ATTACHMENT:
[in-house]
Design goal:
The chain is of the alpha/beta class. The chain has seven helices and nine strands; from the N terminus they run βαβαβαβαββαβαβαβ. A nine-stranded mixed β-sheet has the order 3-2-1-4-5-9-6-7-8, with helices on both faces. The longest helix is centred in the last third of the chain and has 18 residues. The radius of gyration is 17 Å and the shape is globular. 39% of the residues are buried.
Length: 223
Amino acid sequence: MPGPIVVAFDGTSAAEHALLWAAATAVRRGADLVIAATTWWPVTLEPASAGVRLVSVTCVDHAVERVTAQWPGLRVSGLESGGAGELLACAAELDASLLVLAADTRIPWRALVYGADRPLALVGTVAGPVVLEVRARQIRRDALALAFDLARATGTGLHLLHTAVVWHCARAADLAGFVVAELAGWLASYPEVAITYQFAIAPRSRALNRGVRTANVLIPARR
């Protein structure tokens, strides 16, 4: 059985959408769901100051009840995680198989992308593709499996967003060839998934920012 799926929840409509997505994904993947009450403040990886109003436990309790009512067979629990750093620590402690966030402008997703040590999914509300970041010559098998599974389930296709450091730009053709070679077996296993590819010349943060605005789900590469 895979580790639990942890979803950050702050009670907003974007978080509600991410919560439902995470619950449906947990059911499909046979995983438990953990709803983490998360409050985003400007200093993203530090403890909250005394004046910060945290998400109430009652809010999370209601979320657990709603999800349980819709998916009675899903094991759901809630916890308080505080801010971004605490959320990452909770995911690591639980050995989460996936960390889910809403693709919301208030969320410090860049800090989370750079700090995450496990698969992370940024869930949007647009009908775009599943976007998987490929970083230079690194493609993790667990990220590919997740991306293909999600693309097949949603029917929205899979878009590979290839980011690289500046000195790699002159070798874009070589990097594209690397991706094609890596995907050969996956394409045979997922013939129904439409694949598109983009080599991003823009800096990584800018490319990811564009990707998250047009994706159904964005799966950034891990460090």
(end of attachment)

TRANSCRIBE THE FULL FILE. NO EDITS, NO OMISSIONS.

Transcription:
[in-house]
Design goal:
The chain is of the alpha/beta class. The chain has seven helices and nine strands; from the N terminus they run βαβαβαβαββαβαβαβ. A nine-stranded mixed β-sheet has the order 3-2-1-4-5-9-6-7-8, with helices on both faces. The longest helix is centred in the last third of the chain and has 18 residues. The radius of gyration is 17 Å and the shape is globular. 39% of the residues are buried.
Length: 223
Amino acid sequence: MPGPIVVAFDGTSAAEHALLWAAATAVRRGADLVIAATTWWPVTLEPASAGVRLVSVTCVDHAVERVTAQWPGLRVSGLESGGAGELLACAAELDASLLVLAADTRIPWRALVYGADRPLALVGTVAGPVVLEVRARQIRRDALALAFDLARATGTGLHLLHTAVVWHCARAADLAGFVVAELAGWLASYPEVAITYQFAIAPRSRALNRGVRTANVLIPARR
């Protein structure tokens, strides 16, 4: 059985959408769901100051009840995680198989992308593709499996967003060839998934920012 799926929840409509997505994904993947009450403040990886109003436990309790009512067979629990750093620590402690966030402008997703040590999914509300970041010559098998599974389930296709450091730009053709070679077996296993590819010349943060605005789900590469 895979580790639990942890979803950050702050009670907003974007978080509600991410919560439902995470619950449906947990059911499909046979995983438990953990709803983490998360409050985003400007200093993203530090403890909250005394004046910060945290998400109430009652809010999370209601979320657990709603999800349980819709998916009675899903094991759901809630916890308080505080801010971004605490959320990452909770995911690591639980050995989460996936960390889910809403693709919301208030969320410090860049800090989370750079700090995450496990698969992370940024869930949007647009009908775009599943976007998987490929970083230079690194493609993790667990990220590919997740991306293909999600693309097949949603029917929205899979878009590979290839980011690289500046000195790699002159070798874009070589990097594209690397991706094609890596995907050969996956394409045979997922013939129904439409694949598109983009080599991003823009800096990584800018490319990811564009990707998250047009994706159904964005799966950034891990460090």